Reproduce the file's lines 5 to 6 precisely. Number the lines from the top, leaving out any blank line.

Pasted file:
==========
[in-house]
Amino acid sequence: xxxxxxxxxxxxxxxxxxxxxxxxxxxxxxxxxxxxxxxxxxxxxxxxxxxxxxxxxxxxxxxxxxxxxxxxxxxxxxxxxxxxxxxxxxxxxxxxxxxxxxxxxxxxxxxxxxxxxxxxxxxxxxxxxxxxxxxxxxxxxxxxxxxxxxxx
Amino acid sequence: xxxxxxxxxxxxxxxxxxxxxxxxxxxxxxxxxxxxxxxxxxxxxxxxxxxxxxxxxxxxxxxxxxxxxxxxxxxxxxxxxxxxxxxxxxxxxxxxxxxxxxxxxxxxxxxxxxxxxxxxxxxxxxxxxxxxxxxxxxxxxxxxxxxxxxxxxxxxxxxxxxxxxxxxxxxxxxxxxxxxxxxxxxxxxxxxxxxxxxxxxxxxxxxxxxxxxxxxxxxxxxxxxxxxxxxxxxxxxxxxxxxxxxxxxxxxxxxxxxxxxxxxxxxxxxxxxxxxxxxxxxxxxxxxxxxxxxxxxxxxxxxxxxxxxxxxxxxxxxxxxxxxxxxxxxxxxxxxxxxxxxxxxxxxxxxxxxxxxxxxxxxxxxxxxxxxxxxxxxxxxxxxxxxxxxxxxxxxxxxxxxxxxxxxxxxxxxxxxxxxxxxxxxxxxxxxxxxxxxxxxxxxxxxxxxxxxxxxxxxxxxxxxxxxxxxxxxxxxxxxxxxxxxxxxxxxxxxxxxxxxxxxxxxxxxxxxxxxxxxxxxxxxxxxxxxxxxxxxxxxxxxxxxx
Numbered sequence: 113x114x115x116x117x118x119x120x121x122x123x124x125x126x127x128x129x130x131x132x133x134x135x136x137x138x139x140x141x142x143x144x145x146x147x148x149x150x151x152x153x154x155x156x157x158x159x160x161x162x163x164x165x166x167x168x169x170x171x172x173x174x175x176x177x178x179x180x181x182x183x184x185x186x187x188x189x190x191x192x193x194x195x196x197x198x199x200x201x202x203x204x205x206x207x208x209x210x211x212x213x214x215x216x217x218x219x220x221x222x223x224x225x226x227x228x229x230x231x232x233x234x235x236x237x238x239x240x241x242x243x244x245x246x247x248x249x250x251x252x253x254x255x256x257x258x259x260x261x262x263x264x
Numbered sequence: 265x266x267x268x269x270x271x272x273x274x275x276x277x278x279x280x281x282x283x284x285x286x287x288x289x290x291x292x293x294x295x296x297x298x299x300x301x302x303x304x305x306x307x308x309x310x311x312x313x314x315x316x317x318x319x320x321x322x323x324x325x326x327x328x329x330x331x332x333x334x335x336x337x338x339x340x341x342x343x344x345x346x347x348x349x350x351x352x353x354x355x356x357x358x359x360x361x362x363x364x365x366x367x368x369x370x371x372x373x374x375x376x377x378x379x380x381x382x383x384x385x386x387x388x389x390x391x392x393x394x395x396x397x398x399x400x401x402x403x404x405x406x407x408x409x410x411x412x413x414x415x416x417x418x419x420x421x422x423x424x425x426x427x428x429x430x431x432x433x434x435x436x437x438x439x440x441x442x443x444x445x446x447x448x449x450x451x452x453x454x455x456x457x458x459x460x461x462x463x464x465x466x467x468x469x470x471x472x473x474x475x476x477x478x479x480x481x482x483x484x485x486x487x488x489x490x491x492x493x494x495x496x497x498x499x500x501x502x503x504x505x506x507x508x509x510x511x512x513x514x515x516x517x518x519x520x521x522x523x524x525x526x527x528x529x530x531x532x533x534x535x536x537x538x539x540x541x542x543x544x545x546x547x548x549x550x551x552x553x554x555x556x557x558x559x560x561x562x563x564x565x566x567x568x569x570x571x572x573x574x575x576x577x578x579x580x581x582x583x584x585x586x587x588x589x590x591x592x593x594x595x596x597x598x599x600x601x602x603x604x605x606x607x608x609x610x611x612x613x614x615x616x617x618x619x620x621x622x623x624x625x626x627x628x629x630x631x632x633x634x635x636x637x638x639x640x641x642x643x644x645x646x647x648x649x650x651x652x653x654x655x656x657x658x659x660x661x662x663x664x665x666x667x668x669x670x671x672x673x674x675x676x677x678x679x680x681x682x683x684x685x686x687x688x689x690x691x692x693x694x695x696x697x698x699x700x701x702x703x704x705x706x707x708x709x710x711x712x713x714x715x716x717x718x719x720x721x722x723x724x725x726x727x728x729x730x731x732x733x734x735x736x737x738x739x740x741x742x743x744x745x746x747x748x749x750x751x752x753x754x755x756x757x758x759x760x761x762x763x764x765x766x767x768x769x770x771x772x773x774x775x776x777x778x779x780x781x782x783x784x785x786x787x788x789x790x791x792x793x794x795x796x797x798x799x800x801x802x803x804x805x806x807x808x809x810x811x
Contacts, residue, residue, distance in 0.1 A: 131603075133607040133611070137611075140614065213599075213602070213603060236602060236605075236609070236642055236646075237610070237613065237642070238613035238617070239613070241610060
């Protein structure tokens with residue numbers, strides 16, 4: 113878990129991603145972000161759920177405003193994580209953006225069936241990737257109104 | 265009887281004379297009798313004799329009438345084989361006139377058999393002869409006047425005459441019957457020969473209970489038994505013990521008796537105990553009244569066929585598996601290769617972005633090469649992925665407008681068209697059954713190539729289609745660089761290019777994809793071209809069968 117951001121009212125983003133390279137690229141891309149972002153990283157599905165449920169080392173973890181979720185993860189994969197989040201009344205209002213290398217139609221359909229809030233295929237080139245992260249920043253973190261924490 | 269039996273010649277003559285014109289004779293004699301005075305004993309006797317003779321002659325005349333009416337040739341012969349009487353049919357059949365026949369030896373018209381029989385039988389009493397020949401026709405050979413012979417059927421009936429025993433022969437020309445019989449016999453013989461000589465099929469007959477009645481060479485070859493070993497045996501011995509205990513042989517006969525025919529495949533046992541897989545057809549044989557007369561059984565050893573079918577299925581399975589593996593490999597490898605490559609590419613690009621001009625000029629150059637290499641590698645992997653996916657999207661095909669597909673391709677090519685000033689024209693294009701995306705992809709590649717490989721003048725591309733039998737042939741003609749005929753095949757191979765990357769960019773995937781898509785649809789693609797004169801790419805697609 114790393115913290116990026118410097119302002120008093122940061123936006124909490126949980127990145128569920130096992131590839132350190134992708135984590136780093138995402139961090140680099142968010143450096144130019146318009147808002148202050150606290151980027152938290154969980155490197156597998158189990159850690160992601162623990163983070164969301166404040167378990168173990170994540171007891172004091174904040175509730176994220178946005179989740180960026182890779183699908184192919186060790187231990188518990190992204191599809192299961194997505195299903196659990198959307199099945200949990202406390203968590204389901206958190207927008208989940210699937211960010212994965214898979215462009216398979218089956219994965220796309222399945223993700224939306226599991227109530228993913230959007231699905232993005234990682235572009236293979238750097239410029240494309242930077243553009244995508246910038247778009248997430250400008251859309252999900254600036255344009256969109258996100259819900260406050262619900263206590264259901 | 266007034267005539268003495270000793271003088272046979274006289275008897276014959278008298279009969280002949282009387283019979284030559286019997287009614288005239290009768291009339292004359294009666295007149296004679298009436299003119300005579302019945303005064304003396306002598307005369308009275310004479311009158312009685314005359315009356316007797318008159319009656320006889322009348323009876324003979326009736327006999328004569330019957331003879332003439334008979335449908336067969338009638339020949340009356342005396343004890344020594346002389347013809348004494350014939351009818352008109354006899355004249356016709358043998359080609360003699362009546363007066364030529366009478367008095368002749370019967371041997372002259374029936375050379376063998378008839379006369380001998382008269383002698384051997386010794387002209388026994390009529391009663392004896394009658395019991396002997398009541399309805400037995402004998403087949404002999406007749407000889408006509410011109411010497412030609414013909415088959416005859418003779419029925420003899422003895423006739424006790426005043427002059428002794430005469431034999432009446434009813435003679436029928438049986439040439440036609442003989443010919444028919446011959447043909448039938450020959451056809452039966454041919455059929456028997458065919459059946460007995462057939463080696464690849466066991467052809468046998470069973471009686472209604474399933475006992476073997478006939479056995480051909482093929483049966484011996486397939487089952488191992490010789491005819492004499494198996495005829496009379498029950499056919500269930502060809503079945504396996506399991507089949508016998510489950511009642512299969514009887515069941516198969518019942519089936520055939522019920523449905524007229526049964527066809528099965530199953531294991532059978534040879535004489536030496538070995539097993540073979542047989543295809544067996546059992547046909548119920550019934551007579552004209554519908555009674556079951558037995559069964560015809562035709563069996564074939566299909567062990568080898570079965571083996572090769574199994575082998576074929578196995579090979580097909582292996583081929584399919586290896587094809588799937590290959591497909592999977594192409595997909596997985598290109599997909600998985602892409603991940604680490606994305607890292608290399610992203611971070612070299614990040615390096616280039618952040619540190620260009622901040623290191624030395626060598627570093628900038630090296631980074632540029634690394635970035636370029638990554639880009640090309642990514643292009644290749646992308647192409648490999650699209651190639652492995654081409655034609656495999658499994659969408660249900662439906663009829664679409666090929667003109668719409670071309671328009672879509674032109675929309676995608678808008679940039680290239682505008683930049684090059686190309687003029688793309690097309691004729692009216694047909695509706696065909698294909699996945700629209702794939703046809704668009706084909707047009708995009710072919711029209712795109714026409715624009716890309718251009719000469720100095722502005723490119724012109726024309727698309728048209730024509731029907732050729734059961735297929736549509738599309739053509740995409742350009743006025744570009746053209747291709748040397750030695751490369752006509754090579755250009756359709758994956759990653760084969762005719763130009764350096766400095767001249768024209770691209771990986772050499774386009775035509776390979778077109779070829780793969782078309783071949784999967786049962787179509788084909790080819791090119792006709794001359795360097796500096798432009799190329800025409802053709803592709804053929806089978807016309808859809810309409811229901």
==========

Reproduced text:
Numbered sequence: 265x266x267x268x269x270x271x272x273x274x275x276x277x278x279x280x281x282x283x284x285x286x287x288x289x290x291x292x293x294x295x296x297x298x299x300x301x302x303x304x305x306x307x308x309x310x311x312x313x314x315x316x317x318x319x320x321x322x323x324x325x326x327x328x329x330x331x332x333x334x335x336x337x338x339x340x341x342x343x344x345x346x347x348x349x350x351x352x353x354x355x356x357x358x359x360x361x362x363x364x365x366x367x368x369x370x371x372x373x374x375x376x377x378x379x380x381x382x383x384x385x386x387x388x389x390x391x392x393x394x395x396x397x398x399x400x401x402x403x404x405x406x407x408x409x410x411x412x413x414x415x416x417x418x419x420x421x422x423x424x425x426x427x428x429x430x431x432x433x434x435x436x437x438x439x440x441x442x443x444x445x446x447x448x449x450x451x452x453x454x455x456x457x458x459x460x461x462x463x464x465x466x467x468x469x470x471x472x473x474x475x476x477x478x479x480x481x482x483x484x485x486x487x488x489x490x491x492x493x494x495x496x497x498x499x500x501x502x503x504x505x506x507x508x509x510x511x512x513x514x515x516x517x518x519x520x521x522x523x524x525x526x527x528x529x530x531x532x533x534x535x536x537x538x539x540x541x542x543x544x545x546x547x548x549x550x551x552x553x554x555x556x557x558x559x560x561x562x563x564x565x566x567x568x569x570x571x572x573x574x575x576x577x578x579x580x581x582x583x584x585x586x587x588x589x590x591x592x593x594x595x596x597x598x599x600x601x602x603x604x605x606x607x608x609x610x611x612x613x614x615x616x617x618x619x620x621x622x623x624x625x626x627x628x629x630x631x632x633x634x635x636x637x638x639x640x641x642x643x644x645x646x647x648x649x650x651x652x653x654x655x656x657x658x659x660x661x662x663x664x665x666x667x668x669x670x671x672x673x674x675x676x677x678x679x680x681x682x683x684x685x686x687x688x689x690x691x692x693x694x695x696x697x698x699x700x701x702x703x704x705x706x707x708x709x710x711x712x713x714x715x716x717x718x719x720x721x722x723x724x725x726x727x728x729x730x731x732x733x734x735x736x737x738x739x740x741x742x743x744x745x746x747x748x749x750x751x752x753x754x755x756x757x758x759x760x761x762x763x764x765x766x767x768x769x770x771x772x773x774x775x776x777x778x779x780x781x782x783x784x785x786x787x788x789x790x791x792x793x794x795x796x797x798x799x800x801x802x803x804x805x806x807x808x809x810x811x
Contacts, residue, residue, distance in 0.1 A: 131603075133607040133611070137611075140614065213599075213602070213603060236602060236605075236609070236642055236646075237610070237613065237642070238613035238617070239613070241610060